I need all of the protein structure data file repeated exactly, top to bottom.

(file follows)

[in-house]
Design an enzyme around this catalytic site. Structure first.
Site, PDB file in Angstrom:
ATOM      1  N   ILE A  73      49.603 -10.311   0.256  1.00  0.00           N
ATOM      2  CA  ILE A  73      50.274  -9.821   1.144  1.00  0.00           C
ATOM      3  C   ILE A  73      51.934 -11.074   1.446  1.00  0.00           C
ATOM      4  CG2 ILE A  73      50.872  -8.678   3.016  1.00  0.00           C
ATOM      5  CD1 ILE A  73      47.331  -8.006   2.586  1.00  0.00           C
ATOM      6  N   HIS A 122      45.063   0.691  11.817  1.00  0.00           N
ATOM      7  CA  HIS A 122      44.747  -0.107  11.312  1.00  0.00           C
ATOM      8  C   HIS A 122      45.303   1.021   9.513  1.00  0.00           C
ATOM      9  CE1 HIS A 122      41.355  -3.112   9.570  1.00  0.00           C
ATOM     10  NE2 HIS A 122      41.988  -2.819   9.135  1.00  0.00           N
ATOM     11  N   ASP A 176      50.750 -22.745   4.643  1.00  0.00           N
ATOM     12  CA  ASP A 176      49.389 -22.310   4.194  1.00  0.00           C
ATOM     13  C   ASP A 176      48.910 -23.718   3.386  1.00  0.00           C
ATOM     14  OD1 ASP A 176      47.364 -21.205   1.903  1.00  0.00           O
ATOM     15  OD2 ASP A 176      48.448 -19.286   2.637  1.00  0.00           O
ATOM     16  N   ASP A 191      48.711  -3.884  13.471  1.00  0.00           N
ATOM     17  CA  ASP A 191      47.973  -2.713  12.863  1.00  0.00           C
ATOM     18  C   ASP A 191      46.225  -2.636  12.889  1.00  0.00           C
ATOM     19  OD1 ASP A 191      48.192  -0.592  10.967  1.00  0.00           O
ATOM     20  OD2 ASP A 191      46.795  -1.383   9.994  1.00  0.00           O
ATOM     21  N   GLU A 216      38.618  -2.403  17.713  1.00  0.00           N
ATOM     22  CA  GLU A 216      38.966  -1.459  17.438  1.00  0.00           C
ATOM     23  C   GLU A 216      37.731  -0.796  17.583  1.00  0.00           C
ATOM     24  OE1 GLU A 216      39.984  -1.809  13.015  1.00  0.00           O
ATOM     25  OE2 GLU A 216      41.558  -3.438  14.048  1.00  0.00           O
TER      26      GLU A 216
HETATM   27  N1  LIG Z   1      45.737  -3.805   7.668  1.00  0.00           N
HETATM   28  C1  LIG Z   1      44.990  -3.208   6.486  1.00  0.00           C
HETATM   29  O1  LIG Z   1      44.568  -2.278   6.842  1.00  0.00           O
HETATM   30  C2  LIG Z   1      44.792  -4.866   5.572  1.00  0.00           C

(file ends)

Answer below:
[in-house]
Design an enzyme around this catalytic site. Structure first.
Site, PDB file in Angstrom:
ATOM      1  N   ILE A  73      49.603 -10.311   0.256  1.00  0.00           N
ATOM      2  CA  ILE A  73      50.274  -9.821   1.144  1.00  0.00           C
ATOM      3  C   ILE A  73      51.934 -11.074   1.446  1.00  0.00           C
ATOM      4  CG2 ILE A  73      50.872  -8.678   3.016  1.00  0.00           C
ATOM      5  CD1 ILE A  73      47.331  -8.006   2.586  1.00  0.00           C
ATOM      6  N   HIS A 122      45.063   0.691  11.817  1.00  0.00           N
ATOM      7  CA  HIS A 122      44.747  -0.107  11.312  1.00  0.00           C
ATOM      8  C   HIS A 122      45.303   1.021   9.513  1.00  0.00           C
ATOM      9  CE1 HIS A 122      41.355  -3.112   9.570  1.00  0.00           C
ATOM     10  NE2 HIS A 122      41.988  -2.819   9.135  1.00  0.00           N
ATOM     11  N   ASP A 176      50.750 -22.745   4.643  1.00  0.00           N
ATOM     12  CA  ASP A 176      49.389 -22.310   4.194  1.00  0.00           C
ATOM     13  C   ASP A 176      48.910 -23.718   3.386  1.00  0.00           C
ATOM     14  OD1 ASP A 176      47.364 -21.205   1.903  1.00  0.00           O
ATOM     15  OD2 ASP A 176      48.448 -19.286   2.637  1.00  0.00           O
ATOM     16  N   ASP A 191      48.711  -3.884  13.471  1.00  0.00           N
ATOM     17  CA  ASP A 191      47.973  -2.713  12.863  1.00  0.00           C
ATOM     18  C   ASP A 191      46.225  -2.636  12.889  1.00  0.00           C
ATOM     19  OD1 ASP A 191      48.192  -0.592  10.967  1.00  0.00           O
ATOM     20  OD2 ASP A 191      46.795  -1.383   9.994  1.00  0.00           O
ATOM     21  N   GLU A 216      38.618  -2.403  17.713  1.00  0.00           N
ATOM     22  CA  GLU A 216      38.966  -1.459  17.438  1.00  0.00           C
ATOM     23  C   GLU A 216      37.731  -0.796  17.583  1.00  0.00           C
ATOM     24  OE1 GLU A 216      39.984  -1.809  13.015  1.00  0.00           O
ATOM     25  OE2 GLU A 216      41.558  -3.438  14.048  1.00  0.00           O
TER      26      GLU A 216
HETATM   27  N1  LIG Z   1      45.737  -3.805   7.668  1.00  0.00           N
HETATM   28  C1  LIG Z   1      44.990  -3.208   6.486  1.00  0.00           C
HETATM   29  O1  LIG Z   1      44.568  -2.278   6.842  1.00  0.00           O
HETATM   30  C2  LIG Z   1      44.792  -4.866   5.572  1.00  0.00           C